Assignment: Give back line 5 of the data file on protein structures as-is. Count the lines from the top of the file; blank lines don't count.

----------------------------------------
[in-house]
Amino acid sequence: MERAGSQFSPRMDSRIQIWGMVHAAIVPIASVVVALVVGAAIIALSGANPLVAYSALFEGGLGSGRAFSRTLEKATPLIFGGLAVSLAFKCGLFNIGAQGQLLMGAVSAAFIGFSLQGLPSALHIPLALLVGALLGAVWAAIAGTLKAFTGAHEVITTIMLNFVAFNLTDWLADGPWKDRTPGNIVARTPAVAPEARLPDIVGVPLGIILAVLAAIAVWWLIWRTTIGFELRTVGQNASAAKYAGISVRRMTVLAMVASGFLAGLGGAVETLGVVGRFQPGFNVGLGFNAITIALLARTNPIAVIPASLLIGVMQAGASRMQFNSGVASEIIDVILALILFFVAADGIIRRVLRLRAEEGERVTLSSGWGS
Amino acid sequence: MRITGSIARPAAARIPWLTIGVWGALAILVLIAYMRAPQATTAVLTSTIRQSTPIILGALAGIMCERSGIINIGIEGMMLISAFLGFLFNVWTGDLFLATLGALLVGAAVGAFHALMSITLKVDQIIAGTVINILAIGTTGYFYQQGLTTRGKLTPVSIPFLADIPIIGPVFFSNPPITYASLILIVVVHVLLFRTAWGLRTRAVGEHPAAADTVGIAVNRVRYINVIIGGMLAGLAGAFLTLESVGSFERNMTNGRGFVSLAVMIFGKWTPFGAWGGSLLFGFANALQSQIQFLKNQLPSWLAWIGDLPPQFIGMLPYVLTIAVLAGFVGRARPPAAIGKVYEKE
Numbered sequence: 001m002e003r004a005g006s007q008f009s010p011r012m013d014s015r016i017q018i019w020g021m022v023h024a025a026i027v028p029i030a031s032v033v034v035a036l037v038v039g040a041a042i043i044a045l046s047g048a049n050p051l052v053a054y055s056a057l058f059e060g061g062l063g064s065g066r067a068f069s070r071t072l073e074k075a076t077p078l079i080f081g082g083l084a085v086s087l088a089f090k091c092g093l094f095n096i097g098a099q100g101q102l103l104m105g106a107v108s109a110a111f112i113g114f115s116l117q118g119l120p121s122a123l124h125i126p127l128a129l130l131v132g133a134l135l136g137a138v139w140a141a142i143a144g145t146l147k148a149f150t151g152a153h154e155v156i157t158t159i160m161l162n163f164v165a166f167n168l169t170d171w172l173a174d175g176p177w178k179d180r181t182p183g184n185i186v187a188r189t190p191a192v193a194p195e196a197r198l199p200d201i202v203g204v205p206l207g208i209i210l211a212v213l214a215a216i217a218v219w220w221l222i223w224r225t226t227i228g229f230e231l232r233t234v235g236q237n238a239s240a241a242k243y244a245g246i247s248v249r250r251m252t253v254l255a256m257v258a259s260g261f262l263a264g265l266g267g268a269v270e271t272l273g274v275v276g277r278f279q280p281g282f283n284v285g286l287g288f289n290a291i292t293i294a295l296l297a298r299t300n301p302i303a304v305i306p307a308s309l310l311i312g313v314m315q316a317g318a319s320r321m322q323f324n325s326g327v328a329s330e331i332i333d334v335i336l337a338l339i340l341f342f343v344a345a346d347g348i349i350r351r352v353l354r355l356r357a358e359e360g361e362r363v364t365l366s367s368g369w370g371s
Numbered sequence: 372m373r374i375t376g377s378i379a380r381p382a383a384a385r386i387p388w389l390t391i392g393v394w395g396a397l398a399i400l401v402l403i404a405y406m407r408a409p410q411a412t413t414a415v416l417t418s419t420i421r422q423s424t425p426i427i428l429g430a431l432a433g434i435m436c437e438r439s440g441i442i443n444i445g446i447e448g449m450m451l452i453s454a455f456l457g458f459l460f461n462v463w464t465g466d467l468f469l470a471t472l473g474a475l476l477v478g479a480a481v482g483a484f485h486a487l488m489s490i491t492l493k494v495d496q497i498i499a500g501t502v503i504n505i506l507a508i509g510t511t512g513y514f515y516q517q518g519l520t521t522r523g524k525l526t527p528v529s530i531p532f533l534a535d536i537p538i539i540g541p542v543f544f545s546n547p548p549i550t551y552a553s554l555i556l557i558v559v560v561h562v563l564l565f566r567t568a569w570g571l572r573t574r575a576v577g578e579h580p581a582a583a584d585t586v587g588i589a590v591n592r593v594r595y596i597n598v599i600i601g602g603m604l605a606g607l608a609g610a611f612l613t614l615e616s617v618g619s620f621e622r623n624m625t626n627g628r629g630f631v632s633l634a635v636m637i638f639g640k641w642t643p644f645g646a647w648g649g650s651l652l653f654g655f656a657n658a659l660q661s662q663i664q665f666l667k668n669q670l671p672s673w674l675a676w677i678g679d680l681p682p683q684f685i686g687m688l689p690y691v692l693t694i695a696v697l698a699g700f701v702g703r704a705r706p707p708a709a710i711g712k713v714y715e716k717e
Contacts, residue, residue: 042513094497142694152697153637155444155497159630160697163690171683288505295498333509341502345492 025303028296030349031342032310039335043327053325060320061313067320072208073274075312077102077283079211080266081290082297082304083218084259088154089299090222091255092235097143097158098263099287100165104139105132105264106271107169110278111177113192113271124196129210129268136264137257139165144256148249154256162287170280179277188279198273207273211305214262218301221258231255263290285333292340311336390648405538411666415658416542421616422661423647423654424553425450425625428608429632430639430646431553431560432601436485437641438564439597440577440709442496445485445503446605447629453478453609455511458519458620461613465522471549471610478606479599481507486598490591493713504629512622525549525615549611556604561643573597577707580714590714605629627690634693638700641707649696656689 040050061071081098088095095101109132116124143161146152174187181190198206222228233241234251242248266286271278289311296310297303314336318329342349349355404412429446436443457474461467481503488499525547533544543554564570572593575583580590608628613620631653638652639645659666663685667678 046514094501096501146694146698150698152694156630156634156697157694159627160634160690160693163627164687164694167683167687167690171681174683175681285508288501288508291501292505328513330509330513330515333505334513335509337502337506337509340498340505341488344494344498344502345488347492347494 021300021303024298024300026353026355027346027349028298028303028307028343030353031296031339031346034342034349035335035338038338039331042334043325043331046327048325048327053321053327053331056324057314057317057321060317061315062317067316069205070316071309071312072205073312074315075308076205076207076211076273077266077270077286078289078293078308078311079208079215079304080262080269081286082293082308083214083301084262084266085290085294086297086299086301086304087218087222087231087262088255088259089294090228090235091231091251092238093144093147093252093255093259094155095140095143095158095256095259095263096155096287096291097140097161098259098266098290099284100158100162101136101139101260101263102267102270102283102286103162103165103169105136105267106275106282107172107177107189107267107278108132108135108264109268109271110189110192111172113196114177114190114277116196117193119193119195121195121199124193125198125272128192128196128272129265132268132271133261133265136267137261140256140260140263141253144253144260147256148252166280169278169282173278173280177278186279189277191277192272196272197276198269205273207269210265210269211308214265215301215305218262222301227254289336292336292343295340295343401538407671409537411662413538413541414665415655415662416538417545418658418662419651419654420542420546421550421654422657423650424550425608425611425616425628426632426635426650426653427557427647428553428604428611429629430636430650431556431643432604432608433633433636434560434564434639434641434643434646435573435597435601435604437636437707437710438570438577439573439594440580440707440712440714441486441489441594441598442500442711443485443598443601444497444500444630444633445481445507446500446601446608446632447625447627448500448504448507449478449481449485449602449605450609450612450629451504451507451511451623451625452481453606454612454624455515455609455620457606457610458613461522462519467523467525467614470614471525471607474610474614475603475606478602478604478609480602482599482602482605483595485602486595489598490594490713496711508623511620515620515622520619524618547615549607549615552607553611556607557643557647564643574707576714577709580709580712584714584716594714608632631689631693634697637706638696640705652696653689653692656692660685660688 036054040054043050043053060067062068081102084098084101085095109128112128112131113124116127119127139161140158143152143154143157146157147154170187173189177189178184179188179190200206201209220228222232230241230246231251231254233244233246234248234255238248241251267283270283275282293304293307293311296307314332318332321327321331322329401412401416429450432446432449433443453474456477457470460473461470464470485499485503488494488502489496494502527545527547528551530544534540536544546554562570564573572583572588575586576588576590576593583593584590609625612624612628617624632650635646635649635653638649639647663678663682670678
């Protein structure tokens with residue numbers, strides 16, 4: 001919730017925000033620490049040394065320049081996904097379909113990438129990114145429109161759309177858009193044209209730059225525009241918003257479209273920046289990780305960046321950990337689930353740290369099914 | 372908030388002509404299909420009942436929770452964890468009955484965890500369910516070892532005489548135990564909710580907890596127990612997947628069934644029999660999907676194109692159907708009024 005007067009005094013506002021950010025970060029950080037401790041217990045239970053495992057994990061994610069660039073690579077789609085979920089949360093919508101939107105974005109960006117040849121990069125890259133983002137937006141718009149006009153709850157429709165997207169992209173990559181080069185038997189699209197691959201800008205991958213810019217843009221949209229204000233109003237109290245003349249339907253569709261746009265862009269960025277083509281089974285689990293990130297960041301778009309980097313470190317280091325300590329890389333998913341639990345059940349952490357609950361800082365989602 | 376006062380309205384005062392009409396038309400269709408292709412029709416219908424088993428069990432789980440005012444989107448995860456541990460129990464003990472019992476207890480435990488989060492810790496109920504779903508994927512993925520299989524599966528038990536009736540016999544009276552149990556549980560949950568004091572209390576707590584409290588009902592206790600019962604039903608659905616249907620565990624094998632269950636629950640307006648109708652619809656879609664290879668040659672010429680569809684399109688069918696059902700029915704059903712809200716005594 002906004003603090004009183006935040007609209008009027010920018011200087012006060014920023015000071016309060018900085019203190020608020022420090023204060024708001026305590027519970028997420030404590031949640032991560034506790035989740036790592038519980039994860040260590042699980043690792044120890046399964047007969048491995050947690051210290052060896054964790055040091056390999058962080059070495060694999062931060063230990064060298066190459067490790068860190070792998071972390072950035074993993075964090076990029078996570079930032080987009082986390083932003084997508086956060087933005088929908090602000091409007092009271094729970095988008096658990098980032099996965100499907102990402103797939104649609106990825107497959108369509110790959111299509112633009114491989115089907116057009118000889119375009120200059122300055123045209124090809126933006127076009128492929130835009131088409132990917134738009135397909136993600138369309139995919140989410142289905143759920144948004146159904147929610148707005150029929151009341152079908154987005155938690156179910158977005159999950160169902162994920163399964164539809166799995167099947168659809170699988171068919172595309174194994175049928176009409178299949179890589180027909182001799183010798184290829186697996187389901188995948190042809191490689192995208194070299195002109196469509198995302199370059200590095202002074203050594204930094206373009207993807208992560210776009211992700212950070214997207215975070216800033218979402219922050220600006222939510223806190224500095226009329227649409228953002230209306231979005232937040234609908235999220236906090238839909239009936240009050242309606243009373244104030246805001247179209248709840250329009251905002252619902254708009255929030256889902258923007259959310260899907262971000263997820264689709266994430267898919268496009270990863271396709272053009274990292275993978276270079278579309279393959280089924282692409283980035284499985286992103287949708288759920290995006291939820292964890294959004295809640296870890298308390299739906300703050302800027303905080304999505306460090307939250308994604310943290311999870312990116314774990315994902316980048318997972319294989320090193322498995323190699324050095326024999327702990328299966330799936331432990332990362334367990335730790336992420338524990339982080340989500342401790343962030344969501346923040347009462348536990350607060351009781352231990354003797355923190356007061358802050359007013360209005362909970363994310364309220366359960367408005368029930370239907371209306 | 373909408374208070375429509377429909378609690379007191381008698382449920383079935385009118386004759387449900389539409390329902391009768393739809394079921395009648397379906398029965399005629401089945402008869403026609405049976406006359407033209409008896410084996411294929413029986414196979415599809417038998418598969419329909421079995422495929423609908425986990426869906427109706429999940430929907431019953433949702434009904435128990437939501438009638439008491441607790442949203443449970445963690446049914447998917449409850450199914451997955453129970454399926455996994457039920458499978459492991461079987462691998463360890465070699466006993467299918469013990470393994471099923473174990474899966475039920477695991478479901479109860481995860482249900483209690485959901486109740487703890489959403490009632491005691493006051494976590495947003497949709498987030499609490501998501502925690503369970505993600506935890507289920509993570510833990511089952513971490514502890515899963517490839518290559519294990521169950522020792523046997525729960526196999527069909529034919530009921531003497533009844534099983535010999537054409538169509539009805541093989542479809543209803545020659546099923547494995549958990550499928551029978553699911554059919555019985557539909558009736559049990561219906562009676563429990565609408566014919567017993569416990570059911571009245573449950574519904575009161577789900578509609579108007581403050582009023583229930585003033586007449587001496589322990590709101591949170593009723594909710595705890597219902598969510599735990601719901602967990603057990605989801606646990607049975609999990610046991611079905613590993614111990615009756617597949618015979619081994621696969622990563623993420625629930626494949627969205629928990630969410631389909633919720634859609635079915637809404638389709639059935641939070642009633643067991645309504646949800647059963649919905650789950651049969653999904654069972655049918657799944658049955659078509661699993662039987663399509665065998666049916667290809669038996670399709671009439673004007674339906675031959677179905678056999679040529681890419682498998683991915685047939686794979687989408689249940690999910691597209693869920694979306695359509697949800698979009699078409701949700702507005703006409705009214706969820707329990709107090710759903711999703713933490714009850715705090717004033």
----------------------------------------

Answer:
Numbered sequence: 372m373r374i375t376g377s378i379a380r381p382a383a384a385r386i387p388w389l390t391i392g393v394w395g396a397l398a399i400l401v402l403i404a405y406m407r408a409p410q411a412t413t414a415v416l417t418s419t420i421r422q423s424t425p426i427i428l429g430a431l432a433g434i435m436c437e438r439s440g441i442i443n444i445g446i447e448g449m450m451l452i453s454a455f456l457g458f459l460f461n462v463w464t465g466d467l468f469l470a471t472l473g474a475l476l477v478g479a480a481v482g483a484f485h486a487l488m489s490i491t492l493k494v495d496q497i498i499a500g501t502v503i504n505i506l507a508i509g510t511t512g513y514f515y516q517q518g519l520t521t522r523g524k525l526t527p528v529s530i531p532f533l534a535d536i537p538i539i540g541p542v543f544f545s546n547p548p549i550t551y552a553s554l555i556l557i558v559v560v561h562v563l564l565f566r567t568a569w570g571l572r573t574r575a576v577g578e579h580p581a582a583a584d585t586v587g588i589a590v591n592r593v594r595y596i597n598v599i600i601g602g603m604l605a606g607l608a609g610a611f612l613t614l615e616s617v618g619s620f621e622r623n624m625t626n627g628r629g630f631v632s633l634a635v636m637i638f639g640k641w642t643p644f645g646a647w648g649g650s651l652l653f654g655f656a657n658a659l660q661s662q663i664q665f666l667k668n669q670l671p672s673w674l675a676w677i678g679d680l681p682p683q684f685i686g687m688l689p690y691v692l693t694i695a696v697l698a699g700f701v702g703r704a705r706p707p708a709a710i711g712k713v714y715e716k717e